April Casburn, 53, became the first person convicted in the London Metropolitan Police inquiry for offering the newspaper News of the World information about an investigation into phone-hacking by the newspaper, The Daily Telegraph reported Friday.
The sentencing of Casburn, a detective chief officer at Scotland Yard, came Friday after a four-day trial, The New York Times said.
The jury in the trail was told evidence implicating Casburn was provided to the police by an internal investigative department at News of the World, a subsidiary of Rupert Murdoch's News Corp. The department was part of Murdoch's 2011 pledge his company would hand over any information pertinent to the scandal, the Times said.
Casburn told the court she telephoned News of the World in 2010 because she was angry her supervisors diverted money and manpower from terrorism issues to the scandal, and thought she was acting in the public interest. She also denied taking payments from the newspaper, the Times said.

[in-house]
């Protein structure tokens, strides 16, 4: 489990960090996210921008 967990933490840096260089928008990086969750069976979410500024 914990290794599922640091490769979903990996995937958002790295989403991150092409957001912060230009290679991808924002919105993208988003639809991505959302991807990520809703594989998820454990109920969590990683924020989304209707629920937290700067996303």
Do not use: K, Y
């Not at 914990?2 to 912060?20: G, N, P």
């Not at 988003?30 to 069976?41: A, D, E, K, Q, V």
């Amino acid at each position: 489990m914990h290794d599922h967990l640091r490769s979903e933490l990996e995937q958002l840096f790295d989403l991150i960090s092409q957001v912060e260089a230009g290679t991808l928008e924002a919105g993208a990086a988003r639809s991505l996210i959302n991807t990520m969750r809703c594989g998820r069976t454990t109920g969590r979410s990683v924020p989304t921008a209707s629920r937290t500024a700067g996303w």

Justice Adrian Fulford, in passing sentence, told Casburn he would have imposed a stiffer jail term had she not recently adopted a child who would be affected by her absence, The Daily Telegraph reported.
Notable deaths of 2014 [PHOTOS]
Migrant abuse claims bring German police probe